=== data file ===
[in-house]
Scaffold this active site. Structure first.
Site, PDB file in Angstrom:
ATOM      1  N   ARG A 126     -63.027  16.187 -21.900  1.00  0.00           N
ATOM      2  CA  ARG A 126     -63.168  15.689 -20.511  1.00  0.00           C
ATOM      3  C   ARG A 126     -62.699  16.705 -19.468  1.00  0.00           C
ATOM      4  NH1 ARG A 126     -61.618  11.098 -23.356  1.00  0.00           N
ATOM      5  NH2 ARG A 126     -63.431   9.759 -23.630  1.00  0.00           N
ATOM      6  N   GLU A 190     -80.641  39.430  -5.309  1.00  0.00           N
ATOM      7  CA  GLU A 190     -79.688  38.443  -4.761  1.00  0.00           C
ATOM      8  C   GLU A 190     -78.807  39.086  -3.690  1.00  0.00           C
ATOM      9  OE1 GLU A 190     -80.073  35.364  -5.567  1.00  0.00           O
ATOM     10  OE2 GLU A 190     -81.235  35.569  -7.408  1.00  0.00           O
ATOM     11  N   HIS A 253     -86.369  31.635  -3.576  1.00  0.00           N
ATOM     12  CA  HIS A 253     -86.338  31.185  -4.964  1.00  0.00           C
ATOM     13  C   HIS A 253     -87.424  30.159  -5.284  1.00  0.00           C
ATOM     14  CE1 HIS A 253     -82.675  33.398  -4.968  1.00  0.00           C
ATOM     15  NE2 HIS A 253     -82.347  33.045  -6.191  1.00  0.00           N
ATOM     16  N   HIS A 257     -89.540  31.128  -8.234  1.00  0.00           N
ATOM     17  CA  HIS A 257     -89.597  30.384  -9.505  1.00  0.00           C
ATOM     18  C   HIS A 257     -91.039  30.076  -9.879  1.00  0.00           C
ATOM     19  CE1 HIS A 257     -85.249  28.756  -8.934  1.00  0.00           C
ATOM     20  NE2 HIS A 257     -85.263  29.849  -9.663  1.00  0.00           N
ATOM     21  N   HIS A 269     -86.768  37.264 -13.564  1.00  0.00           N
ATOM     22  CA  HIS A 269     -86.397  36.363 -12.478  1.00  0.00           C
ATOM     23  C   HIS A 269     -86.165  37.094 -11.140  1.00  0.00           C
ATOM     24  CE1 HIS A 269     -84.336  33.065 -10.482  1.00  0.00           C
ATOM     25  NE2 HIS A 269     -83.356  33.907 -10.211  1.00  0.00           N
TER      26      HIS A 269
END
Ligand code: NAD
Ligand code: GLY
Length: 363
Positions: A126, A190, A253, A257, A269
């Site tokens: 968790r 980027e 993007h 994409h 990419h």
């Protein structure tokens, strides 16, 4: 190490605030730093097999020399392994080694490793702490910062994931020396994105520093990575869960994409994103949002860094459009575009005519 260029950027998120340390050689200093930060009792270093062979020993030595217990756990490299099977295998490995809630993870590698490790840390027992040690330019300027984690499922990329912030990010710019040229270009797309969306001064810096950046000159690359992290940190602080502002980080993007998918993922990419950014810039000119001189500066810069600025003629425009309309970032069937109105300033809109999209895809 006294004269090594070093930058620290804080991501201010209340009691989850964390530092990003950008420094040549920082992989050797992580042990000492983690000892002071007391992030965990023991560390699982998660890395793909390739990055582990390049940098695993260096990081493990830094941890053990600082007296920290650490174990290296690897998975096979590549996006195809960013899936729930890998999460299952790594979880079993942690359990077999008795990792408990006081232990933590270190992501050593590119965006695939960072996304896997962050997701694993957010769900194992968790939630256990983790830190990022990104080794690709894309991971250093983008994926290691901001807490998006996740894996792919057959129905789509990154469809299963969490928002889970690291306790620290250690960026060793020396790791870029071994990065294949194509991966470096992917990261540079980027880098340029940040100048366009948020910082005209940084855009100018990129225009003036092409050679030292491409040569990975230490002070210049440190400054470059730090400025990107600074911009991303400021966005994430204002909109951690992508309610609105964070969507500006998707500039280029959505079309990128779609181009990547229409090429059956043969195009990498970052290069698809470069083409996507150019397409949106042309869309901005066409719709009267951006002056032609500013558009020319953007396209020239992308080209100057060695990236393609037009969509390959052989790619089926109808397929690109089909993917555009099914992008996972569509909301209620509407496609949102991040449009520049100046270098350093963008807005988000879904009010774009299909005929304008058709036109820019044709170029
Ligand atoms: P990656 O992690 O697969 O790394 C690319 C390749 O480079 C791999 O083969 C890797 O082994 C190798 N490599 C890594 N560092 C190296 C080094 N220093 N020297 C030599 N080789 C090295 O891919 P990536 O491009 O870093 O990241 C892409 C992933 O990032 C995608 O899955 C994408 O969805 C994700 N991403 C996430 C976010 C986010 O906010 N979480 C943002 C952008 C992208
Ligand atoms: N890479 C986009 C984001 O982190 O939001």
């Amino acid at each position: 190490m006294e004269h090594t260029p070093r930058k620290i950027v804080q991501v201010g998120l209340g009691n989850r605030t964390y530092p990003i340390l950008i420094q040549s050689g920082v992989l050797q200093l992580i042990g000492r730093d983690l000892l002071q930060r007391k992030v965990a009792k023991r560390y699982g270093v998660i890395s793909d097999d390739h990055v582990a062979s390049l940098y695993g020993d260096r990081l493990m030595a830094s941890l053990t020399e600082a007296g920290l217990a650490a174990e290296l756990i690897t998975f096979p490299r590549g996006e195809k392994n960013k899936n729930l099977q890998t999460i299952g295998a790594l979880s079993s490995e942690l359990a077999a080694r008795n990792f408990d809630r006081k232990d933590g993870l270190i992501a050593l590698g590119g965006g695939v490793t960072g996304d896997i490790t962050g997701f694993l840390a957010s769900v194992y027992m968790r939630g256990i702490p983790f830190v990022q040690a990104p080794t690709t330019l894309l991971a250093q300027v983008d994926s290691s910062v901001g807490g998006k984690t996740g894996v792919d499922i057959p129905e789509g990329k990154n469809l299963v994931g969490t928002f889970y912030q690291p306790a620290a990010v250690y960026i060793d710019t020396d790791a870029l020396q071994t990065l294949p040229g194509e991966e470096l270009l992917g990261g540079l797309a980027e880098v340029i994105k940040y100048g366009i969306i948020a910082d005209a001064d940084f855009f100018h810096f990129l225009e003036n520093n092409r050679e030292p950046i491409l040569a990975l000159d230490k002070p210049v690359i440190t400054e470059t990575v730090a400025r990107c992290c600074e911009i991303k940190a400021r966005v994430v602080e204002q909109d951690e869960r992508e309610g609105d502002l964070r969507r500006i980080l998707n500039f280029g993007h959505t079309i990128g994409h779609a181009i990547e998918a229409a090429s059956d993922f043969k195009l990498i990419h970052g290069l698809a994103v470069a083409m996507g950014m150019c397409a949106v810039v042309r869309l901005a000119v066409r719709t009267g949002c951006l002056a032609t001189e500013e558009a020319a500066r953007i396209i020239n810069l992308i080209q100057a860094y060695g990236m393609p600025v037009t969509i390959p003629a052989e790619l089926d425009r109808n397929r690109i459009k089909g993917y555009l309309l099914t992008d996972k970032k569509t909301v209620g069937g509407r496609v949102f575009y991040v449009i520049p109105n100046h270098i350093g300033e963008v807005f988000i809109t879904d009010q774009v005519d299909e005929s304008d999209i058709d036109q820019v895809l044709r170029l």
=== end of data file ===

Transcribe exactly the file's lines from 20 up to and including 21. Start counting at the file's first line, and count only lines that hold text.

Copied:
ATOM     17  CA  HIS A 257     -89.597  30.384  -9.505  1.00  0.00           C
ATOM     18  C   HIS A 257     -91.039  30.076  -9.879  1.00  0.00           C